During a Jan 28 US Department of Health and Human Services (HHS) webcast update on the status of the nation's pandemic preparedness, Robin Robinson, director of the HHS Biomedical Advanced Research and Development Authority (BARDA), said the influenza community this year will discuss the possibility of adding H5N1 antigen to the seasonal flu vaccine. "The benefit is that it could provide some priming . . . the counter side is that we don't know yet what this H5N1 vaccine would be like in millions of people in a seasonal situation," he said.

Robinson added that health officials are highly sensitive of the 1976 experience with the swine flu immunization, when some cases of Guillian-Barre syndrome were associated with the vaccine.

Fukuda said the WHO's Strategic Advisory Group of Experts (SAGE) on immunization will meet in early April to discuss potential uses of H5N1 vaccine during the prepandemic period.

In November 2008, the WHO established a SAGE working group to focus on H5N1 vaccine issues. According to the Jan 9 issue of the WHO Weekly Epidemiological Record, the working group said it would address:

  • Use of the H5N1 vaccine during the prepandemic period to protect people in high-risk jobs, such as cullers, essential workers, and the public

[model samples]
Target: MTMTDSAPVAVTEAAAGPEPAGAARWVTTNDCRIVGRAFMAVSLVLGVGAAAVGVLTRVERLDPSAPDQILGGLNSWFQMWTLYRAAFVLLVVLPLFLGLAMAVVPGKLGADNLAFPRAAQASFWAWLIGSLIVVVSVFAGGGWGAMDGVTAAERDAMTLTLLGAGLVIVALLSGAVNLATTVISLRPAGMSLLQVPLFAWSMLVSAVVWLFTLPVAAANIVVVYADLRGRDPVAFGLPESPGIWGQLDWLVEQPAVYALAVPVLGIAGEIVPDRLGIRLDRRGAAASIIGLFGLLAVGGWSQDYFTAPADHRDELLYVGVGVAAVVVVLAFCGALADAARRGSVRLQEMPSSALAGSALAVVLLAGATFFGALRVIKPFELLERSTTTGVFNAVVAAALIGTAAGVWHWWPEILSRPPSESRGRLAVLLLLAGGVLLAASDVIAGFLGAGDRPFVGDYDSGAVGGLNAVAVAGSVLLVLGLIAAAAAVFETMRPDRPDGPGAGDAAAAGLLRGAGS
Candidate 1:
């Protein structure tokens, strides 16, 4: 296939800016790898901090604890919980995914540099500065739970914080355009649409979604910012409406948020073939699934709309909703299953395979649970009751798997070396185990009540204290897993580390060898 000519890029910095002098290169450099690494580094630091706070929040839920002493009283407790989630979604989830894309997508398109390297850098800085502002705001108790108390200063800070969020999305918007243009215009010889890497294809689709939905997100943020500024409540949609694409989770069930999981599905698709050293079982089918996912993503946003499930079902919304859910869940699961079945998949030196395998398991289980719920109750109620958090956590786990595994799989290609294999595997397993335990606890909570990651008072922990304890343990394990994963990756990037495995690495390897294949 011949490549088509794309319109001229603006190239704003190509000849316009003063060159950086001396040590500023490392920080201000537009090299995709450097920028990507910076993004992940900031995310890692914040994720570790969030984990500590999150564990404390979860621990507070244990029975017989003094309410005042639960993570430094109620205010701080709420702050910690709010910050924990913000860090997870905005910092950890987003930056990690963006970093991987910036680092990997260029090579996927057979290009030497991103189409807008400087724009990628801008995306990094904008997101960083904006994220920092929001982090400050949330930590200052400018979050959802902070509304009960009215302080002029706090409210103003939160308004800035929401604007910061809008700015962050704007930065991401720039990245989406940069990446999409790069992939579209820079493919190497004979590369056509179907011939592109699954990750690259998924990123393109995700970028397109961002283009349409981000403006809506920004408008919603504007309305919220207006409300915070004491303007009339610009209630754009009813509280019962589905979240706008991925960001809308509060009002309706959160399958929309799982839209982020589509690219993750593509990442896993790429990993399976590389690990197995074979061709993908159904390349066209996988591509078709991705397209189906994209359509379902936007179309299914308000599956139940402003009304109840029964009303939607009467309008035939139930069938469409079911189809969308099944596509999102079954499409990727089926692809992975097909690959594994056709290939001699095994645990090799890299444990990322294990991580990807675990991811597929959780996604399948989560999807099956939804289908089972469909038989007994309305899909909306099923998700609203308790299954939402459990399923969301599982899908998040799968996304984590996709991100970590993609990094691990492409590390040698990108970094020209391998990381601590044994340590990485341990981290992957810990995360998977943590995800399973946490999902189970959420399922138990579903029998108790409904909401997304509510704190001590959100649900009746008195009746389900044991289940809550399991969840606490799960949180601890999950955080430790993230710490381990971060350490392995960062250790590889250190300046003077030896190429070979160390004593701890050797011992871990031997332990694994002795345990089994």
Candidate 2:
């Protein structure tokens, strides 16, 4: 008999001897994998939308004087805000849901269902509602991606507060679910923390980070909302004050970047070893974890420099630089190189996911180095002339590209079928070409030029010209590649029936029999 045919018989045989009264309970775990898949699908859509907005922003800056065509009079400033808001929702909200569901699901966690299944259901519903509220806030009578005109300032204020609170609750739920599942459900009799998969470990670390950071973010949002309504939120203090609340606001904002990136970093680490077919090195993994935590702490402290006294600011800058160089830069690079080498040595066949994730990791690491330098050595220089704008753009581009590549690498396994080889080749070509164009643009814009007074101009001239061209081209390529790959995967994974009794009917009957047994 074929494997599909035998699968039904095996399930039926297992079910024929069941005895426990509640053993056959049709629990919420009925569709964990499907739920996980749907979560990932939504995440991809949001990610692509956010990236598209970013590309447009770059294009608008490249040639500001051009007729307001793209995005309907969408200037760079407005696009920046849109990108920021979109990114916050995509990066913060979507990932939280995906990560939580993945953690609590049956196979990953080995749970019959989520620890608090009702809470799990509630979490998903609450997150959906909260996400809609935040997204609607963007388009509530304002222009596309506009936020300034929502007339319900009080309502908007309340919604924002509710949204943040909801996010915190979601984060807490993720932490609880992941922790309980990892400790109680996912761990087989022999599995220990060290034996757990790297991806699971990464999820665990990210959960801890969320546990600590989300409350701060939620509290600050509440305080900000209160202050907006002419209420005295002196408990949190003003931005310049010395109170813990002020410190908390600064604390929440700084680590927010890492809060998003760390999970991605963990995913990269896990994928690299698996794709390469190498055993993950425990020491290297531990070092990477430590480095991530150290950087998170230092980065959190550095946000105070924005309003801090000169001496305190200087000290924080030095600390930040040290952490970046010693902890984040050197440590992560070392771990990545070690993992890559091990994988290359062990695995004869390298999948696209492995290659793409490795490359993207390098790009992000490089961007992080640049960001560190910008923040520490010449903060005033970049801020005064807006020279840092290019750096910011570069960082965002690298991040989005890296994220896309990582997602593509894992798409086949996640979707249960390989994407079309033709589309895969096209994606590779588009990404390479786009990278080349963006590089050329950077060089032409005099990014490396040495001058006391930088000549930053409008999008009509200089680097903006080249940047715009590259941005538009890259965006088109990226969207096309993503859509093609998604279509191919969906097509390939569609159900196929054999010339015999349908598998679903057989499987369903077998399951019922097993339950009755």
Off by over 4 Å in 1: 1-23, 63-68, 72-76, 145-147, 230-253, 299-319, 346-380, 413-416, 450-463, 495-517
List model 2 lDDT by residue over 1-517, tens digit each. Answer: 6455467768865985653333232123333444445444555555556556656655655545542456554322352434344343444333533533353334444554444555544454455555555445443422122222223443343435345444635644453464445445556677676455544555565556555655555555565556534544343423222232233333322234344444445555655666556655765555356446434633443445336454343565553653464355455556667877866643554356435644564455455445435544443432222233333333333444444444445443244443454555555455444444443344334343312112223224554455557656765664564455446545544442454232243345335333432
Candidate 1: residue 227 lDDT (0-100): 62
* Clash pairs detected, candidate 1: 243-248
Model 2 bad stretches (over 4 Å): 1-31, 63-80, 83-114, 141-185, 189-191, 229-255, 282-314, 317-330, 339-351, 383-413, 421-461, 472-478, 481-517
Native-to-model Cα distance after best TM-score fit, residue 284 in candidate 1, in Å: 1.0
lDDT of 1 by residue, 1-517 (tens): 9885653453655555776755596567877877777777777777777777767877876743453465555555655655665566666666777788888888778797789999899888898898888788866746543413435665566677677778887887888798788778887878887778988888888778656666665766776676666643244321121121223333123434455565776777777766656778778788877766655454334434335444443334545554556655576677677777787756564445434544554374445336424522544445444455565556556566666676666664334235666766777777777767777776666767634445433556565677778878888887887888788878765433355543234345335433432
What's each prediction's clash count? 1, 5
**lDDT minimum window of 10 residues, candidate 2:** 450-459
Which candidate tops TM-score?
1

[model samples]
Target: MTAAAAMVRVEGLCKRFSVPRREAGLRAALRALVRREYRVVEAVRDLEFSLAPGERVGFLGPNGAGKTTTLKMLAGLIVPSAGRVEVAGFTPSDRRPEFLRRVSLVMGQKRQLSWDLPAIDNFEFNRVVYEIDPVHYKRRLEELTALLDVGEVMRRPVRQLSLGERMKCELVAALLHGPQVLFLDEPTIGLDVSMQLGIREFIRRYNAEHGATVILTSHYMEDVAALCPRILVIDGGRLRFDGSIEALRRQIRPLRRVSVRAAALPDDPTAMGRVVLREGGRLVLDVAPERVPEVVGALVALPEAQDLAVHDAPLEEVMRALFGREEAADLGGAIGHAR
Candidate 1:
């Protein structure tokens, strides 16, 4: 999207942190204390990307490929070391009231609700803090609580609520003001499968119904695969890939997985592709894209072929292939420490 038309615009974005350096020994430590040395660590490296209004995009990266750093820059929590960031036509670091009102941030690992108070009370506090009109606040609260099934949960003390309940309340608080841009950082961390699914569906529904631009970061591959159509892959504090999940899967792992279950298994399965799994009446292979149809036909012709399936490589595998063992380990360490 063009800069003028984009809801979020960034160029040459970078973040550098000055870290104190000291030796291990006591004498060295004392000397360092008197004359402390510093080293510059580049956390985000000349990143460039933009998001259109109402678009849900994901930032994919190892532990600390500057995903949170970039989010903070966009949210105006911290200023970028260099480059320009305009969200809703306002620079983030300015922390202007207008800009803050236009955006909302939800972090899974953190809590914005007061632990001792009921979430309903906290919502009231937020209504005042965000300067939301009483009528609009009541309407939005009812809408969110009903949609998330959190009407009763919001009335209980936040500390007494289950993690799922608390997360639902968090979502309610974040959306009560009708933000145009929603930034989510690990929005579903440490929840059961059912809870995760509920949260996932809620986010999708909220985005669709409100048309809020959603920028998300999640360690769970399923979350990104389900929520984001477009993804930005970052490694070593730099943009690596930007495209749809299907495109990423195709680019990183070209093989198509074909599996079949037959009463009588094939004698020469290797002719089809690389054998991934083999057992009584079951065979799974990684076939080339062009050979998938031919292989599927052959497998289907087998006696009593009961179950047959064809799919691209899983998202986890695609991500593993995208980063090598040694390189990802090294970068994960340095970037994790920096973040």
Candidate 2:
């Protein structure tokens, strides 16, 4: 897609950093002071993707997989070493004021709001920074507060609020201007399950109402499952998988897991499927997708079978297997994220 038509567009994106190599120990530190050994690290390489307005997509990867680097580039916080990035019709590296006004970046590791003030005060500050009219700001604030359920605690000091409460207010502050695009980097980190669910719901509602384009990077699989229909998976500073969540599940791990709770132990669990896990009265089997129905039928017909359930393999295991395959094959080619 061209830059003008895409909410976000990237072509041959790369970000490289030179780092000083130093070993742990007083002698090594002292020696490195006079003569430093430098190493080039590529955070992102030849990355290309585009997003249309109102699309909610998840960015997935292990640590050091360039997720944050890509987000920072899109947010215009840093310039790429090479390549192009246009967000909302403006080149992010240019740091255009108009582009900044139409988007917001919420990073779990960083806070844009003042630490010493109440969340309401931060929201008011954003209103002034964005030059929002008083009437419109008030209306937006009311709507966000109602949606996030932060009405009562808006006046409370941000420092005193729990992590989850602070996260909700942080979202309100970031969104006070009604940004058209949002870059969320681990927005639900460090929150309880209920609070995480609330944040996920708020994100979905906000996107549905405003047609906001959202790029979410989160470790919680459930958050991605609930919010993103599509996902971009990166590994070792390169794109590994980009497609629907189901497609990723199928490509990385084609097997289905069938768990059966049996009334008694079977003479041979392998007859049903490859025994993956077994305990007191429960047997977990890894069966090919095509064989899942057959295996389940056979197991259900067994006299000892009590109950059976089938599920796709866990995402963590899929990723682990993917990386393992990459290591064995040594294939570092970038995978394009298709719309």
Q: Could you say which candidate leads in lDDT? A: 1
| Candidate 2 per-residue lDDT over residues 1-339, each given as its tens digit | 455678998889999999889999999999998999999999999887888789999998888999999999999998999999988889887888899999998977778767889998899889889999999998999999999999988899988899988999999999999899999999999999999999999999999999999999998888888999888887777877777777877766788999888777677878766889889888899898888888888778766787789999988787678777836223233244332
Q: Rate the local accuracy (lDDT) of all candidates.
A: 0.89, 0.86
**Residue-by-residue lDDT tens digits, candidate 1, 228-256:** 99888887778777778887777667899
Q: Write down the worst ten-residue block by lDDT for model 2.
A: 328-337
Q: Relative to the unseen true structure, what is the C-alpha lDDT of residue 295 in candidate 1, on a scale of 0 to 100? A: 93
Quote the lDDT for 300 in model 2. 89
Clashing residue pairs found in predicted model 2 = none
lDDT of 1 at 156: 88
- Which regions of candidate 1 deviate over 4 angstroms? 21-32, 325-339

• Priming and immunization strategies for essential workers and the general public
  • Recommendations to the WHO and other groups on what to do with H5N1 doses that are about to expire
  • Possible changes to the projected size of the WHO's H5N1 vaccine stockpile

"It's likely that different countries will look at this issue differently. This is quite an important pivotal discussion," Fukuda said. Though the WHO's stockpile is still in a virtual state, made up of pledges from pharmaceutical companies, Fukuda said countries that have real stockpiles are facing imminent issues about what to do with expiring H5N1 vaccine. "This will be a country-by-country decision," he said.

Arnold Monto, MD, an influenza epidemiologist at the University of Michigan, told reporters that some experts began discussing the possibility of adding H5N1 antigen to the seasonal flu vaccine a few years ago, but he said some elements of the vaccine have changed since then.